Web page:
Amazon is efficient and Etsy is personal. There is room for both of them to build big businesses in e-commerce. Uber is efficient and Sidecar is personal. And we believe that there is room for both of them to build big businesses in mobile transportation.

If you live in the the Bay Area, Los Angeles, San Diego, Seattle, Chicago, Boston, Washington DC, or Charlotte, you can try out the new Sidecar marketplace experience.Download the app and give it a try. It won’t be for everyone, but I bet there are a lot of people out there who will really enjoy the human touch of Sidecar and use it frequently.

Video Of The Week: Yancey Strickler’s Commencement Speech At McNally Smith

I came across this short (<15min) video this morning as I was wandering around YouTube. It’s a commencement speech that Kickstarter’s CEO Yancey Strickler gave at the McNally Smith College Of Music in St Paul Minnesota.

I really like the way Yancey frames the opportunities and challenges facing young artists as they head out into their adult lives and careers. It’s optimistic and hopeful. You can’t beat that.

Bitcoin – Getting Past Store Of Value and Currency

Lightspeed India has a post with ten predictions for Bitcoin in 2014. It’s a good read and I agree with many of them. But prediction number 7 is the one I am most interested in right now:

7. The use of Bitcoin will evolve beyond ‘store of value’ or ‘transactions’

The underlying Bitcoin protocol makes itself applicable beyond the use cases of ‘store of value’ and ‘payments’. The Bitcoin foundation took a huge step in allowing meta data to be included in the blockchain. This will unlock a lot of innovation and maybe even prompt regulators to acknowledge the potential of Bitcoin, making it all the more difficult for them to shut it down or suppress it. As one can see from the current Bitcoin ecosystem map (http://bit.ly/1krEd0Z) that there are almost no start-ups, which solely use the protocol without using the ‘coin’ or the ‘currency’ as a function. 2014 will be the first year to see some of these.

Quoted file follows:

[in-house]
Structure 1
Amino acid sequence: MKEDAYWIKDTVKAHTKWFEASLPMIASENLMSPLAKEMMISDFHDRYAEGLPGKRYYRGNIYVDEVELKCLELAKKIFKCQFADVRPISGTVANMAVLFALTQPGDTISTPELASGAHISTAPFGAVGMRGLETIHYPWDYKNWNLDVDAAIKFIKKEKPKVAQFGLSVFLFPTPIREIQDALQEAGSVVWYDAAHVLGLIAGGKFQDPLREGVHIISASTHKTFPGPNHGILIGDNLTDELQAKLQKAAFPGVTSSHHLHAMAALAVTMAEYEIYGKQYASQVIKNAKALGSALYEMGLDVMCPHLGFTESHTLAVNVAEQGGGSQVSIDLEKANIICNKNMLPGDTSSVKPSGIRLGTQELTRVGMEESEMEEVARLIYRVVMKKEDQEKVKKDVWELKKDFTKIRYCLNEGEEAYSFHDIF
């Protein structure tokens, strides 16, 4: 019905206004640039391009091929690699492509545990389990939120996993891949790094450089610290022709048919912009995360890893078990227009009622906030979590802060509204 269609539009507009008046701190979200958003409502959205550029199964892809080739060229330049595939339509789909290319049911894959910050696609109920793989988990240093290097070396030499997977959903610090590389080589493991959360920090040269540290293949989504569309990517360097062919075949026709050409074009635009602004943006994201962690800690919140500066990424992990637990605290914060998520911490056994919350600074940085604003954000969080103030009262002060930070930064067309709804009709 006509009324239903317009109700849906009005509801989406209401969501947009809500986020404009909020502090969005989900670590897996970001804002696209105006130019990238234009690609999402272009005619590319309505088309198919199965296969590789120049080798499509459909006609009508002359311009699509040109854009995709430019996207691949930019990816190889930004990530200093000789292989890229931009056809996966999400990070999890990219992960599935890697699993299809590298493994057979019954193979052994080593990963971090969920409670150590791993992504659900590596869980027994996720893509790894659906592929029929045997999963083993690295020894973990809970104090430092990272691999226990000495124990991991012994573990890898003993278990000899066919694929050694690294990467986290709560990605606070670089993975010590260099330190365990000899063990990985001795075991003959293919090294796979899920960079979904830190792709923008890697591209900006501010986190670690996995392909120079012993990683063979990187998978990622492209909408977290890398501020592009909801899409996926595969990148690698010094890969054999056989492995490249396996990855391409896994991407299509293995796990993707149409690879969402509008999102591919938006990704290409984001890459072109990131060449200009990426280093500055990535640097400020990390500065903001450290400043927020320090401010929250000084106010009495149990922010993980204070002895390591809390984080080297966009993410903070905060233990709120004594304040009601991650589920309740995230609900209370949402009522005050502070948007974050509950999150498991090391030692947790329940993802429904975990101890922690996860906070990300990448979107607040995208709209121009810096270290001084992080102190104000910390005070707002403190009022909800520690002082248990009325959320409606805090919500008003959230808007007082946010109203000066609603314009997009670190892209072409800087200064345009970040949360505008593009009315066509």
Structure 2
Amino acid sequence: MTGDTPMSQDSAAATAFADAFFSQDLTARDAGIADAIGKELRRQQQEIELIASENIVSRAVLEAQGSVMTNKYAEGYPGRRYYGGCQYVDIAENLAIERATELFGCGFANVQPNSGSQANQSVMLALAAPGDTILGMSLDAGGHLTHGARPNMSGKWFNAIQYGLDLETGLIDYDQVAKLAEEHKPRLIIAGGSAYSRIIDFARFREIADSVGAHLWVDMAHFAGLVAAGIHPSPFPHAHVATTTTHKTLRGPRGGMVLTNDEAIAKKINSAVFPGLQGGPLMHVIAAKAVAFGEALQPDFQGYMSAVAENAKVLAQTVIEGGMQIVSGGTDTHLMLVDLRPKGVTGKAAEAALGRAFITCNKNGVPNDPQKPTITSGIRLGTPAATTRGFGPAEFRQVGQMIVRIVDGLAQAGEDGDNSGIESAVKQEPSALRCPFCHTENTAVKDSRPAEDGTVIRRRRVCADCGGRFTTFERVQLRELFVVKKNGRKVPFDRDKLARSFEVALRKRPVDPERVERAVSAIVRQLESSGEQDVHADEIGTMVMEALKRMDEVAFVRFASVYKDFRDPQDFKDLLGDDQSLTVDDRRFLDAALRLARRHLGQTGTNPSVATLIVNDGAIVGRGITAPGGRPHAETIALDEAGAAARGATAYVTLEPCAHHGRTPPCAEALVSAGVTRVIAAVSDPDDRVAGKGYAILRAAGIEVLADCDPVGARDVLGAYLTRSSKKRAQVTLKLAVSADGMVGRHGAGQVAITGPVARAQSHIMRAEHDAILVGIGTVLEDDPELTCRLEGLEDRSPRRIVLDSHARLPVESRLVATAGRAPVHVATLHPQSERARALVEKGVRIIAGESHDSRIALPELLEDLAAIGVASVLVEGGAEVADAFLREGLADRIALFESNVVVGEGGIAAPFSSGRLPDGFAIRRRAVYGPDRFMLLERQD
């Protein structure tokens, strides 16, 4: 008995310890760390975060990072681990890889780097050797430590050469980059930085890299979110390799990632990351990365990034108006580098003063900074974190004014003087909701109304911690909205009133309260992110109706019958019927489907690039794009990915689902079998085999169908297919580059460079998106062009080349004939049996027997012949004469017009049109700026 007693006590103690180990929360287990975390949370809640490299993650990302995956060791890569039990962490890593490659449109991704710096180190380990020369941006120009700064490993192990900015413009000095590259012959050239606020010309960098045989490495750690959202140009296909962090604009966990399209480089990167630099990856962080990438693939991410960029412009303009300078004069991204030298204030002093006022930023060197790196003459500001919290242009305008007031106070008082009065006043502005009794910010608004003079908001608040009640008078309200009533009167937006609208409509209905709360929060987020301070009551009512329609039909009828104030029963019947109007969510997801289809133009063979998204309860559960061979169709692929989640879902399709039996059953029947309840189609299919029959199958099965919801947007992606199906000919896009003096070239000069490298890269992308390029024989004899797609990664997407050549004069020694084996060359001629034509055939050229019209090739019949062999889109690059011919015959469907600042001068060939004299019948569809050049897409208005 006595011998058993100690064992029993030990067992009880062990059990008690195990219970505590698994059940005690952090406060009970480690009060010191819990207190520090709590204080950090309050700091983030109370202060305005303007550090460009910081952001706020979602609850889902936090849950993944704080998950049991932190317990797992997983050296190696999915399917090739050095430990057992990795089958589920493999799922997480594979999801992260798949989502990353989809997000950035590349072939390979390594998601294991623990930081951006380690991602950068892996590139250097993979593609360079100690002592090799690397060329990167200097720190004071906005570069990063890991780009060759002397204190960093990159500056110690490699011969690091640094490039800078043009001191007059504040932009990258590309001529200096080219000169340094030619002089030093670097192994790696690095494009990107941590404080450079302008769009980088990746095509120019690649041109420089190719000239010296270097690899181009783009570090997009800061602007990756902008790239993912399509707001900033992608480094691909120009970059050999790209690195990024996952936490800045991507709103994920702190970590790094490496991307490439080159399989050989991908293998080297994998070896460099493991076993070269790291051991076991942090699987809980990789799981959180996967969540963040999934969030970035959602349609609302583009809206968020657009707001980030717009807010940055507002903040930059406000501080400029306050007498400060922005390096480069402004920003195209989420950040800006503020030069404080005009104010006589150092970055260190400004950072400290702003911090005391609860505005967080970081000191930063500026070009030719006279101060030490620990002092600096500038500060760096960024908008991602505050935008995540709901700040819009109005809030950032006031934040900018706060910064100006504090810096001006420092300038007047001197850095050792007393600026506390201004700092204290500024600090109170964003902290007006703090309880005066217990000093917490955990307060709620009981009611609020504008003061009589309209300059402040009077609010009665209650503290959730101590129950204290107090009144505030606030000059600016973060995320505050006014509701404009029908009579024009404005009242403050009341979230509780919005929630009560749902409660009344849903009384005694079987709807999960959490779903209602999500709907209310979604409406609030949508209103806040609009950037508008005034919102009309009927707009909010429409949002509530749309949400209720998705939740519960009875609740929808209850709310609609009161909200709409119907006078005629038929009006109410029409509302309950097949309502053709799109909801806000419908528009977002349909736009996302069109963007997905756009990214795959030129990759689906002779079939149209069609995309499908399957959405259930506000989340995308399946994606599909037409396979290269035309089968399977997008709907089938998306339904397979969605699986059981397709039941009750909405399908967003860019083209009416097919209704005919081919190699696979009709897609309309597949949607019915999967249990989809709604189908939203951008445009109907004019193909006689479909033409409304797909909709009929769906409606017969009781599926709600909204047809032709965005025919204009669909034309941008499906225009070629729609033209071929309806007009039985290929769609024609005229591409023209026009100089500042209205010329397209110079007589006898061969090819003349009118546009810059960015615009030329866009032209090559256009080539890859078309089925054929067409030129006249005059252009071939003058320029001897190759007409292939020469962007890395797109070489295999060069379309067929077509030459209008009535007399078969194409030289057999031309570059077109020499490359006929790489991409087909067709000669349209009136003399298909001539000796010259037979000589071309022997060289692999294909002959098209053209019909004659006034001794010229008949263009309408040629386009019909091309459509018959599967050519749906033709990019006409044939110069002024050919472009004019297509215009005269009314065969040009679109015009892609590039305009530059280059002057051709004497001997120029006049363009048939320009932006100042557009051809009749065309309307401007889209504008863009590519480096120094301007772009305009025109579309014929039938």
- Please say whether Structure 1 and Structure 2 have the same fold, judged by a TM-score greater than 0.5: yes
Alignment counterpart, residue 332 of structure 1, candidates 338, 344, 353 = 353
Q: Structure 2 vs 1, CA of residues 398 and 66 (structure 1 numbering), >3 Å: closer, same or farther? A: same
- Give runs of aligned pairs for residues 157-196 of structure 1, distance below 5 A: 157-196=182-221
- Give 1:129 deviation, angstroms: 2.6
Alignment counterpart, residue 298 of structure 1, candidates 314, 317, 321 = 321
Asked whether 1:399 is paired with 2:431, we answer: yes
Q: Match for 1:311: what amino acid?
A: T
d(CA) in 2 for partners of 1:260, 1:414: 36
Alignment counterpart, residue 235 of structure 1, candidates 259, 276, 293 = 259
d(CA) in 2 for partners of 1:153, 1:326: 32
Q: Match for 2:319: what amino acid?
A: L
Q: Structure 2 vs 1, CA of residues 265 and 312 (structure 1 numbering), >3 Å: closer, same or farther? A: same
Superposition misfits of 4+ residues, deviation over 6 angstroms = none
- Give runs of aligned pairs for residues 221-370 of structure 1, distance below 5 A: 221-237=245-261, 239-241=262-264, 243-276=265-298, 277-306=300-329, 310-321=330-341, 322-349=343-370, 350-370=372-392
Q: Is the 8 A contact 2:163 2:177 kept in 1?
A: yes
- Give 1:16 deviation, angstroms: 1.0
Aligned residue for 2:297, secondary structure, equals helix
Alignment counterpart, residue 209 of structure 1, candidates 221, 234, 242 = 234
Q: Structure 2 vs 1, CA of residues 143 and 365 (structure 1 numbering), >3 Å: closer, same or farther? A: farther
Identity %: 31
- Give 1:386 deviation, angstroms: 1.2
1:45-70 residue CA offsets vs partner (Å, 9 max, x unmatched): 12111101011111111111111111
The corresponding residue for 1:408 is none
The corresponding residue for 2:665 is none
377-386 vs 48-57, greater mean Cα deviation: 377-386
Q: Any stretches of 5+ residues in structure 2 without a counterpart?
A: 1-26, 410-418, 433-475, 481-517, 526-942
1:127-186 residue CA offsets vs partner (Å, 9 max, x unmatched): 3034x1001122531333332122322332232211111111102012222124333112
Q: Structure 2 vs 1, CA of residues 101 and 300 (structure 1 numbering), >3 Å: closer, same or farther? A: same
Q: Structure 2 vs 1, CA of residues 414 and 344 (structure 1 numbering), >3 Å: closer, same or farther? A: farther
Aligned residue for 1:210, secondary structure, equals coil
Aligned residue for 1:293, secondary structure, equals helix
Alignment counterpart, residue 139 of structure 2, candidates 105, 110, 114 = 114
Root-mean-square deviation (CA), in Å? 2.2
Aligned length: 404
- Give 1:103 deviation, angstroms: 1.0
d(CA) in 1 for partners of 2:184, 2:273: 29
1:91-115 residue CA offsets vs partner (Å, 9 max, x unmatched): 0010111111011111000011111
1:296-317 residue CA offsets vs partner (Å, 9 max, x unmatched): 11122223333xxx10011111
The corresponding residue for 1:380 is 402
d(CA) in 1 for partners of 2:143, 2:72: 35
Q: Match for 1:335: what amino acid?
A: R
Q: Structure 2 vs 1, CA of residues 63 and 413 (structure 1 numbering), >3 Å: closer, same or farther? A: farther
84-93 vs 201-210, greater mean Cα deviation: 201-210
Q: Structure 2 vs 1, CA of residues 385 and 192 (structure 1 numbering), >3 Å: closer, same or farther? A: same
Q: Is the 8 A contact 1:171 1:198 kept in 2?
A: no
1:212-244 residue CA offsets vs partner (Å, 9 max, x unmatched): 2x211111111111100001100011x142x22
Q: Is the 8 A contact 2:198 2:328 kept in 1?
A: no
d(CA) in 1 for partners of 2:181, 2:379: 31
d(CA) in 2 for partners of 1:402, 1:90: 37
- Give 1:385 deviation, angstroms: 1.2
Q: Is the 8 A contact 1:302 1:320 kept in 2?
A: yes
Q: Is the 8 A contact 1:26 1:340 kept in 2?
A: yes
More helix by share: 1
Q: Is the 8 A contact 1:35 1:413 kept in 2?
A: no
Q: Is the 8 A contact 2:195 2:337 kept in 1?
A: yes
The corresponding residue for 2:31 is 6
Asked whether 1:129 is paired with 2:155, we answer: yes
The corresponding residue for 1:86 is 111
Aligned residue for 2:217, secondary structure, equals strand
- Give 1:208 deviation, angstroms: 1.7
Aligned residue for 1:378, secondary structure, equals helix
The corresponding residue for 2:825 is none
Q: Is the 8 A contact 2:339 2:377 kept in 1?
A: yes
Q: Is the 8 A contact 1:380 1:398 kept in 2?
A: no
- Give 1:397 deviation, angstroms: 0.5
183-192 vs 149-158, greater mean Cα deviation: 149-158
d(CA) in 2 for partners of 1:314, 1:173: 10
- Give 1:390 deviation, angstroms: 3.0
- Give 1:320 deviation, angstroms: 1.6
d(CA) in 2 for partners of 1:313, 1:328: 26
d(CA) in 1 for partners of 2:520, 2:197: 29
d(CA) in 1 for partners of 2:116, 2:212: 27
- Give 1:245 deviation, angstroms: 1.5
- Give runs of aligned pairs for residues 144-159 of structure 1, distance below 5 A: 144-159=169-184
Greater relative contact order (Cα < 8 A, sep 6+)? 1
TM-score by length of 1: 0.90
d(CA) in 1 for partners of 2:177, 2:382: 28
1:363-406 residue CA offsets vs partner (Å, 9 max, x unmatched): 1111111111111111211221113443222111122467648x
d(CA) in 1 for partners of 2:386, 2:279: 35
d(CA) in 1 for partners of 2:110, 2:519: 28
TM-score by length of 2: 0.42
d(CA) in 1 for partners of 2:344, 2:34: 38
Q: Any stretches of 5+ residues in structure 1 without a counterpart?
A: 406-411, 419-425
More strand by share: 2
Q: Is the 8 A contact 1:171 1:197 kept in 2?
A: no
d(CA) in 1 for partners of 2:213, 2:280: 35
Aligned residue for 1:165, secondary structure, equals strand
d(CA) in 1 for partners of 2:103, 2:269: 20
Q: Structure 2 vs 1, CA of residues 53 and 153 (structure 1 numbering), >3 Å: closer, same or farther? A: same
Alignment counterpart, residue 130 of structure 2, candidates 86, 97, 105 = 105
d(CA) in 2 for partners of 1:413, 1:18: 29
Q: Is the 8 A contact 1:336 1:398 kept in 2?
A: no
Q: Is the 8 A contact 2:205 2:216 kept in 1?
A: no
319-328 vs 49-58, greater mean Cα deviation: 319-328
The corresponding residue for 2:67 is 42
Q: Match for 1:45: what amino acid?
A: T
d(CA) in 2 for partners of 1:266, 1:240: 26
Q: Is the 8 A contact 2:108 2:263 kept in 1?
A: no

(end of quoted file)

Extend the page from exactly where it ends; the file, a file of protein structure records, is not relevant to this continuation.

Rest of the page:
I think there have been three phases to Bitcoin so far

1) Bitcoin emerges, community develops, mining, wallets

2) Bitcoin vice, silk road, etc

3) Speculation, trading, collecting, price spike

I think the next two phases will be/need to be

4) Commerce – real people buying real stuff with Bitcoin

5) Bitcoin as infrastructure – this is what prediction number 7 is all about. When will we see entrepreneurs coming to USV to talk about the marketplace for XYZ that they build on top of the Bitcoin architecture?

Soon I hope. I would like it to happen today actually.

Who Is Your Customer?

In a double sided marketplace, of which we have many in our portfolio, it is always tricky to figure out who your customer is. Many marketplaces punt on this question and answer with “both”.